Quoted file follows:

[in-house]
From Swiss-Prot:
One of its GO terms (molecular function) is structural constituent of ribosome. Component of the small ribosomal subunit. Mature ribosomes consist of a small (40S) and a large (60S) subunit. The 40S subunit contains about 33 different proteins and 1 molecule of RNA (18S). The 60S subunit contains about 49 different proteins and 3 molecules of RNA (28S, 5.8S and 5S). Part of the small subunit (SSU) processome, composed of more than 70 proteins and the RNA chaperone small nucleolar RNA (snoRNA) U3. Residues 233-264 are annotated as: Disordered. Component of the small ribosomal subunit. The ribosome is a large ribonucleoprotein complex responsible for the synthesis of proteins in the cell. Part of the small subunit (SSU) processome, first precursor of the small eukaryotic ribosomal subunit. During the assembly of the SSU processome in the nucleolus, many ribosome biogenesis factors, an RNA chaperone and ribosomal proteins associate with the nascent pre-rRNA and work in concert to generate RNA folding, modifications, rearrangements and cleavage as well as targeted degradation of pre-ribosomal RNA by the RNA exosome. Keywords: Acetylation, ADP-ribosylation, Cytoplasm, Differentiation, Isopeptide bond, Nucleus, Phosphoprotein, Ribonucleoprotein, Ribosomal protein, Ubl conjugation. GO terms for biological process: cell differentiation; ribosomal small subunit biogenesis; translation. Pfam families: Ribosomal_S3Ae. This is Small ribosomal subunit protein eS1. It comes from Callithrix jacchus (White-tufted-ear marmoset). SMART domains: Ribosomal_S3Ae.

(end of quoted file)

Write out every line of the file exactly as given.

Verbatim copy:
[in-house]
From Swiss-Prot:
One of its GO terms (molecular function) is structural constituent of ribosome. Component of the small ribosomal subunit. Mature ribosomes consist of a small (40S) and a large (60S) subunit. The 40S subunit contains about 33 different proteins and 1 molecule of RNA (18S). The 60S subunit contains about 49 different proteins and 3 molecules of RNA (28S, 5.8S and 5S). Part of the small subunit (SSU) processome, composed of more than 70 proteins and the RNA chaperone small nucleolar RNA (snoRNA) U3. Residues 233-264 are annotated as: Disordered. Component of the small ribosomal subunit. The ribosome is a large ribonucleoprotein complex responsible for the synthesis of proteins in the cell. Part of the small subunit (SSU) processome, first precursor of the small eukaryotic ribosomal subunit. During the assembly of the SSU processome in the nucleolus, many ribosome biogenesis factors, an RNA chaperone and ribosomal proteins associate with the nascent pre-rRNA and work in concert to generate RNA folding, modifications, rearrangements and cleavage as well as targeted degradation of pre-ribosomal RNA by the RNA exosome. Keywords: Acetylation, ADP-ribosylation, Cytoplasm, Differentiation, Isopeptide bond, Nucleus, Phosphoprotein, Ribonucleoprotein, Ribosomal protein, Ubl conjugation. GO terms for biological process: cell differentiation; ribosomal small subunit biogenesis; translation. Pfam families: Ribosomal_S3Ae. This is Small ribosomal subunit protein eS1. It comes from Callithrix jacchus (White-tufted-ear marmoset). SMART domains: Ribosomal_S3Ae.